DOI: 10.1093/ageing/afad246.109 ISSN: 0002-0729

1963 `Three sides to every story'- Living the patient, carer and staff experience of COVID

S Ramsey, H Hurst, M Briggs, L Wentworth
  • Geriatrics and Gerontology
  • Aging
  • General Medicine



When COVID-19 first entered our world in March 2020 and the country went into lock down, the NHS braced itself for one of its biggest challenges of this century. Older, frail patients were in the highest risk group, with those in care homes not only at higher risk of death, but higher risk of contracting COVID-19, often suffering more psychological disturbances (Hewitt et al., 2020; Numbers & Brodaty, 2021). This study was conceived by two nurse researchers working throughout the pandemic on a COVID ward for predominantly older people, aiming to capture the experiences of patients, families/carers and staff members.


Phenomenology was the most appropriate methodology to provide an in-depth lived experience perspective. Full ethical approval was obtained and participants were sampled purposively. In-depth unstructured interviews were conducted and transcribed in full before being analysed hermeneutically using the four steps outlined by Fleming et al. (2003).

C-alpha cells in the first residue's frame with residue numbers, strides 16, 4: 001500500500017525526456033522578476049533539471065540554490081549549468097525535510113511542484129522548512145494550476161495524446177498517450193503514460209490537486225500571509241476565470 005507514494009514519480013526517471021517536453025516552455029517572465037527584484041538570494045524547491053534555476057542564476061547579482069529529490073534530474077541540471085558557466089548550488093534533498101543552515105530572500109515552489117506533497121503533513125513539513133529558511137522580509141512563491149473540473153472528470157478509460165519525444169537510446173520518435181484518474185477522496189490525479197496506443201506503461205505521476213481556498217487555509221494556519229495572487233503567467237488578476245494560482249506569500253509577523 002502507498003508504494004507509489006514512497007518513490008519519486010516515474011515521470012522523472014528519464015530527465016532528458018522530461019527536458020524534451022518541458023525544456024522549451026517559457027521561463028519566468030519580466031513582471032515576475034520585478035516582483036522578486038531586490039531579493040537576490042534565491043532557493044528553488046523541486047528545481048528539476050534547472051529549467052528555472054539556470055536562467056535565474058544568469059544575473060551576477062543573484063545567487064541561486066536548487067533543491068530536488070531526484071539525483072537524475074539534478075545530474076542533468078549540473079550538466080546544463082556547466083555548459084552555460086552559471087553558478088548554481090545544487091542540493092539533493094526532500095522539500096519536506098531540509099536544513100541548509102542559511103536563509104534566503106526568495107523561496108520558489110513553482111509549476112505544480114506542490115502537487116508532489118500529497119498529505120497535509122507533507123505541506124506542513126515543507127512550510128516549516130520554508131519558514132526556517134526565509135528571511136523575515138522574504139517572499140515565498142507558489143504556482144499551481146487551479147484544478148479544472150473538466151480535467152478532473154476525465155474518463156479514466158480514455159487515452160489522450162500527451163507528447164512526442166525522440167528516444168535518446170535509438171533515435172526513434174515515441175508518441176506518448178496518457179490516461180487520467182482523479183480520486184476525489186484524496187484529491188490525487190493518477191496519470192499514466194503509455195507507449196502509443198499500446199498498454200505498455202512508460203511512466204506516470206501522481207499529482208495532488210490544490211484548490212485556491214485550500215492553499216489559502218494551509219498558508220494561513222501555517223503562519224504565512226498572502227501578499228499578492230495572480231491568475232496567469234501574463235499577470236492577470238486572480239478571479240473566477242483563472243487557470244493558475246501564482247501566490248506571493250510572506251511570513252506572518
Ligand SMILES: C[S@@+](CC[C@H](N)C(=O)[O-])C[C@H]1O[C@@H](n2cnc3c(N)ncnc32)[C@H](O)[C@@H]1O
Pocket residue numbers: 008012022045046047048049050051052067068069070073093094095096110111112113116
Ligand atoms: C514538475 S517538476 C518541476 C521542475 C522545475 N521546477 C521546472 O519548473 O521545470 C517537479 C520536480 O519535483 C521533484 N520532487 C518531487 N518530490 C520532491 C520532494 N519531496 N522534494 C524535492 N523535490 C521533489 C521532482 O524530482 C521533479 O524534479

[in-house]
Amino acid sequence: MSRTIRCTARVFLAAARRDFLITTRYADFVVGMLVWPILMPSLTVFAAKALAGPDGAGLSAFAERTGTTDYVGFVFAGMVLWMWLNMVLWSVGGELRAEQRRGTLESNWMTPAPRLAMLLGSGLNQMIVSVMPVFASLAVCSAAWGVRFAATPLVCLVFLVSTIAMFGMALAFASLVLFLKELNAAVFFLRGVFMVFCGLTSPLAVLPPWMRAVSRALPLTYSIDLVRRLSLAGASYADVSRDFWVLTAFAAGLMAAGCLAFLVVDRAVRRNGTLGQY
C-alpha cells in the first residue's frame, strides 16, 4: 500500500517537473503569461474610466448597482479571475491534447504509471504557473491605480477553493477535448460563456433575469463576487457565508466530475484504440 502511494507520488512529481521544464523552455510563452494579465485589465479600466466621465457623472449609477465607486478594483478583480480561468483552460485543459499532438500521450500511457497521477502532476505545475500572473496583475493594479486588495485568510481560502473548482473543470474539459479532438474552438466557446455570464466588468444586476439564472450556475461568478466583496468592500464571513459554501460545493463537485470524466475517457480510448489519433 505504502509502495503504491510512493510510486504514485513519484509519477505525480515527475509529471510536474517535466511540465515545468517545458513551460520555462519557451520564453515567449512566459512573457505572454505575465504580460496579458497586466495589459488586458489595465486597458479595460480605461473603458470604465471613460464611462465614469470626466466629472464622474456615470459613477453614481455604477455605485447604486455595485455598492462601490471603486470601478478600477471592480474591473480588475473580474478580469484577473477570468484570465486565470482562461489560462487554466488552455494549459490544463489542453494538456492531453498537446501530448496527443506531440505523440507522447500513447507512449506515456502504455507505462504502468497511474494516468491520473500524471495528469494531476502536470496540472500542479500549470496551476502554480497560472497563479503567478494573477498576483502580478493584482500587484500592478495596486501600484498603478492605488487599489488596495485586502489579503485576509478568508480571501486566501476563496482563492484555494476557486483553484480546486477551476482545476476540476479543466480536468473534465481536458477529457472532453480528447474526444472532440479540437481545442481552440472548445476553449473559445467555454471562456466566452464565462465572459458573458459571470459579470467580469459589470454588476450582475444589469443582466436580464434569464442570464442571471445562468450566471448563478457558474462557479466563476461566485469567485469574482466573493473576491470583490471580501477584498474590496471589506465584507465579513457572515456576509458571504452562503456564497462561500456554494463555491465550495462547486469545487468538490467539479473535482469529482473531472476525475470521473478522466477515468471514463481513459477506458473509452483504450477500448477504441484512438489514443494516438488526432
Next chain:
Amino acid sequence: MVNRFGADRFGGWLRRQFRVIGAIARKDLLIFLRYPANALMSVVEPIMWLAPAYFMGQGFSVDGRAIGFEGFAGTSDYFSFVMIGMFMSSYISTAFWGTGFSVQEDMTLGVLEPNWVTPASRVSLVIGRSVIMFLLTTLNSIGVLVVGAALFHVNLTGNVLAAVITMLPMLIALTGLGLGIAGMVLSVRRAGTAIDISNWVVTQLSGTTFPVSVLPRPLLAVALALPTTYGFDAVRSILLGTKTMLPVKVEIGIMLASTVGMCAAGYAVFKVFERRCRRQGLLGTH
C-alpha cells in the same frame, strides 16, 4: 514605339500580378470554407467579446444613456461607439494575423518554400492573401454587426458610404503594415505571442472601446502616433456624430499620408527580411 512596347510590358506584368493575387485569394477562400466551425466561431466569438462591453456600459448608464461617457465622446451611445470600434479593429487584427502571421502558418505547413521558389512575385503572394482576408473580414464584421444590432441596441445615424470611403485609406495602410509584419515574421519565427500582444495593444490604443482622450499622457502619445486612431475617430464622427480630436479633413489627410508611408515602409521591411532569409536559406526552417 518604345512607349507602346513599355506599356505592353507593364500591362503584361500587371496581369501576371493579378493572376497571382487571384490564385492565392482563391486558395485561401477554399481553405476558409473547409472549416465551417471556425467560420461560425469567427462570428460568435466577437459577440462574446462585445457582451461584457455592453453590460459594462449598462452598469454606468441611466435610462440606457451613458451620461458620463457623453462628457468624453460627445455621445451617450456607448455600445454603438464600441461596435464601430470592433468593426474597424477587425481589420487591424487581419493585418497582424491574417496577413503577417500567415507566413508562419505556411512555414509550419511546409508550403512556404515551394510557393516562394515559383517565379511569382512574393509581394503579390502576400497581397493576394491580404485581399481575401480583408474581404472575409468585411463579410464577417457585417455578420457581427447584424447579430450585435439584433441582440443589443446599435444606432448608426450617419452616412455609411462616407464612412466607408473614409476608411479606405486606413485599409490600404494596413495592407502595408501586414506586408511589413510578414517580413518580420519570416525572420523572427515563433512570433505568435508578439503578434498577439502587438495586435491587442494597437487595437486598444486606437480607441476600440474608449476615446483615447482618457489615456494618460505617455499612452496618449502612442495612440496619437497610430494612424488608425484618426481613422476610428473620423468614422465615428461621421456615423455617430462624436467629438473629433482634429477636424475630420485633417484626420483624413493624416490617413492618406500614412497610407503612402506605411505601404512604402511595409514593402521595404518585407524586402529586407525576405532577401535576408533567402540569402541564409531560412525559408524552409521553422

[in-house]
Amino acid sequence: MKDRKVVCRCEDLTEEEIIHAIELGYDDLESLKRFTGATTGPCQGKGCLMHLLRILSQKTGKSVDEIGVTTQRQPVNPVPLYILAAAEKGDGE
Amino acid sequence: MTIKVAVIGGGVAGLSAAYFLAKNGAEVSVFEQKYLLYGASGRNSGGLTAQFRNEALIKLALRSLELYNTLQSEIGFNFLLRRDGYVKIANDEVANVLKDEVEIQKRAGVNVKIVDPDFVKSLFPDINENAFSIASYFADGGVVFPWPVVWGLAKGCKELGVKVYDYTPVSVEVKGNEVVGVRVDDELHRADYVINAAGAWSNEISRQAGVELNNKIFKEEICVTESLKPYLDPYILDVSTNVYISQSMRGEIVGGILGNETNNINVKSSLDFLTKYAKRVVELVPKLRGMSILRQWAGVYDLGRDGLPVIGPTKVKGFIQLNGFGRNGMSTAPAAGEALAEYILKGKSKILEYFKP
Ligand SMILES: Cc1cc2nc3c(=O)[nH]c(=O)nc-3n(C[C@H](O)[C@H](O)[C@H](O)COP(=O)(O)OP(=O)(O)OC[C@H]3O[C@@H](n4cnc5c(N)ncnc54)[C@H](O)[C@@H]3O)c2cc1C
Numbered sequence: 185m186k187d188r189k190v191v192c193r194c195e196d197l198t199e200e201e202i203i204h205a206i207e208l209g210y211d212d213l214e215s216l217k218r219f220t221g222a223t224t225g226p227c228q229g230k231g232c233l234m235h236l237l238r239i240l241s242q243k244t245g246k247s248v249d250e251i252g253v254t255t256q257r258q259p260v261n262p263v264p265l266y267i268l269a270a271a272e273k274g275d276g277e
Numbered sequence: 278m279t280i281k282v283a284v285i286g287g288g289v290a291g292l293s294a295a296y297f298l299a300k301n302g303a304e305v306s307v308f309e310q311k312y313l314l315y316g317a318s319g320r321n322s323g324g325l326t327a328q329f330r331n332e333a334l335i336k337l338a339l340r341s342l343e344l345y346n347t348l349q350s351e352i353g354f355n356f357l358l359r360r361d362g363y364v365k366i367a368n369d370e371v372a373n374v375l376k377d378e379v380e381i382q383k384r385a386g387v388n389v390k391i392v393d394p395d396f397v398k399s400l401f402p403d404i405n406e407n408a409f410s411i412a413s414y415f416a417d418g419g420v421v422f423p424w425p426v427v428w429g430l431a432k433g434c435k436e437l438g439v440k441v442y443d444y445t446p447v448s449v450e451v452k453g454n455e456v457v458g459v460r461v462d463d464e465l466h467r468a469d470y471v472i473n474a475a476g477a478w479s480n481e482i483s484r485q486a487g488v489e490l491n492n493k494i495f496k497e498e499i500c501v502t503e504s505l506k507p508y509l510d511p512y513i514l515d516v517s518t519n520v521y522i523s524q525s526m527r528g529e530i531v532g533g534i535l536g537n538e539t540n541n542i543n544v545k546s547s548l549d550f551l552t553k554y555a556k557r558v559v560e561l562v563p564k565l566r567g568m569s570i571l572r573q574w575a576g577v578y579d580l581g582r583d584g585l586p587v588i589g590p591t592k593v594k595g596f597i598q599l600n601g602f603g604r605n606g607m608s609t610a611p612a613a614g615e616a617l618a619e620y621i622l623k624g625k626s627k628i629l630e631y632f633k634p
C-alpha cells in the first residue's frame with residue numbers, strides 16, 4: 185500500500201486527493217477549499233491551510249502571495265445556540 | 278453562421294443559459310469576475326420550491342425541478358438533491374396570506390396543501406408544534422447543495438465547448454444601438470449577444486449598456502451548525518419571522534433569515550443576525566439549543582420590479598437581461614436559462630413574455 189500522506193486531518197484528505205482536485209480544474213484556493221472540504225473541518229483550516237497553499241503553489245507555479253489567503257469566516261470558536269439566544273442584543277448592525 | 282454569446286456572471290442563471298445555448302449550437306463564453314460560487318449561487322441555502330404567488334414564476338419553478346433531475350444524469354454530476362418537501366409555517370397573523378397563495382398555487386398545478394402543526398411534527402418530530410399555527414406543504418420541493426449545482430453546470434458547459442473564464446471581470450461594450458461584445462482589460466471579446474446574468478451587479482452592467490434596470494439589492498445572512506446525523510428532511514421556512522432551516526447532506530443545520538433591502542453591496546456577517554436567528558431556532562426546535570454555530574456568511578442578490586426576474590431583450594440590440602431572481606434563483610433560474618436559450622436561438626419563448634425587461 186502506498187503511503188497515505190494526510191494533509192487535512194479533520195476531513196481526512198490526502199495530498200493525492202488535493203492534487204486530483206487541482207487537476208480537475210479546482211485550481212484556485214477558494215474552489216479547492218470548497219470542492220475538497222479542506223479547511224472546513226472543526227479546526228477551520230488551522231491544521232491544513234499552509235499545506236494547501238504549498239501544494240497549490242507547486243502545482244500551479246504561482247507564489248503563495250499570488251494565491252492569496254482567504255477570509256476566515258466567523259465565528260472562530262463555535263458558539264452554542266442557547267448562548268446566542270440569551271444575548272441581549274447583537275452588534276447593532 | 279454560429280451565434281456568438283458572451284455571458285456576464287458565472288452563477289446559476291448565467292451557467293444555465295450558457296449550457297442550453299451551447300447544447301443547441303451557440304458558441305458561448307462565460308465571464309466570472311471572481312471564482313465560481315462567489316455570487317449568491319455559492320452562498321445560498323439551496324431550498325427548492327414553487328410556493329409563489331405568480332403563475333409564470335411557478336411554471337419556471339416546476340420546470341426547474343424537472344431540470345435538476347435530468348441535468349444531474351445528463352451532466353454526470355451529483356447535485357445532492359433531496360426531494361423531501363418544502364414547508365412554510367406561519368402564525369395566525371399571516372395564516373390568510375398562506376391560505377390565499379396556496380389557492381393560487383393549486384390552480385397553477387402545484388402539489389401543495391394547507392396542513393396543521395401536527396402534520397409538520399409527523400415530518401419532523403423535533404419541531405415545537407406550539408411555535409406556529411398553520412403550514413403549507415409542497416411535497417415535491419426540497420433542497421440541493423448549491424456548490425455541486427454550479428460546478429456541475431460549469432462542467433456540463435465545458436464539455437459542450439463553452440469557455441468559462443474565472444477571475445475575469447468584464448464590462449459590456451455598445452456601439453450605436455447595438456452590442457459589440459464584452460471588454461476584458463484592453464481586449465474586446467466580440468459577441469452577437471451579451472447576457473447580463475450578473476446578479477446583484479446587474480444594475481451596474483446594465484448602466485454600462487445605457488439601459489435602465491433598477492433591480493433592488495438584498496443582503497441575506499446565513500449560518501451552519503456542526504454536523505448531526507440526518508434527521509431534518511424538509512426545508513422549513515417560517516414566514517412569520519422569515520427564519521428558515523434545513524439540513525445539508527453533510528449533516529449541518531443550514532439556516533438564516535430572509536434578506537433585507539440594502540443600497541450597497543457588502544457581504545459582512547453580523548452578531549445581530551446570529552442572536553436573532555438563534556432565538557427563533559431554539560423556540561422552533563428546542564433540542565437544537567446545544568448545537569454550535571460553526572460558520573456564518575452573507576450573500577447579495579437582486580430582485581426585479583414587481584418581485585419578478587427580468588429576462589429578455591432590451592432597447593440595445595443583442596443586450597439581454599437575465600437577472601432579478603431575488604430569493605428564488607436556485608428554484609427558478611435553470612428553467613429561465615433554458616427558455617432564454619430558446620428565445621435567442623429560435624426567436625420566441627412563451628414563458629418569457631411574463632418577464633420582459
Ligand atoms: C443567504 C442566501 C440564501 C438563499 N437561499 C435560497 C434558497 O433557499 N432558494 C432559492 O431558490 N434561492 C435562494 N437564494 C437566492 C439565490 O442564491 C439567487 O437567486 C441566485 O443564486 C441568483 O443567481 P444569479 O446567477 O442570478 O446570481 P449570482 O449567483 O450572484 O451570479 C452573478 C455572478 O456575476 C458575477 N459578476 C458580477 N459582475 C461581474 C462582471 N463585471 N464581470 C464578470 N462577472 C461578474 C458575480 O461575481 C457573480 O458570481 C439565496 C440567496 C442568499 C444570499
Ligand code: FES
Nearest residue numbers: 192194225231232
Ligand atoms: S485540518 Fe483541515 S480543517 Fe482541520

30 participants were recruited (10 patients, 10 relatives, including several bereaved and 10 staff members). Whilst experience varied between and within groups, core themes emerged:

1. Communication difficulties were poignantly expressed, with staff acting as intermediaries between patients and their family members who were kept apart through visiting restrictions, whilst managing clinical care and their own emotional responses.

2. Challenges of care were experienced by all groups, with anxiety around contagion conflicting with feelings of guilt and long-term psychological impact described by staff. 3. Collective experiences of grief and loss were described as participants grappled with coming to terms with encountering death and dying on an unprecedented scale and under such extraordinary conditions.


This study adds to the growing evidence base around experience of the COVID pandemic, adding insight into the triangulated experience of those affected and highlighting the profound effect on patients, relatives and staff.

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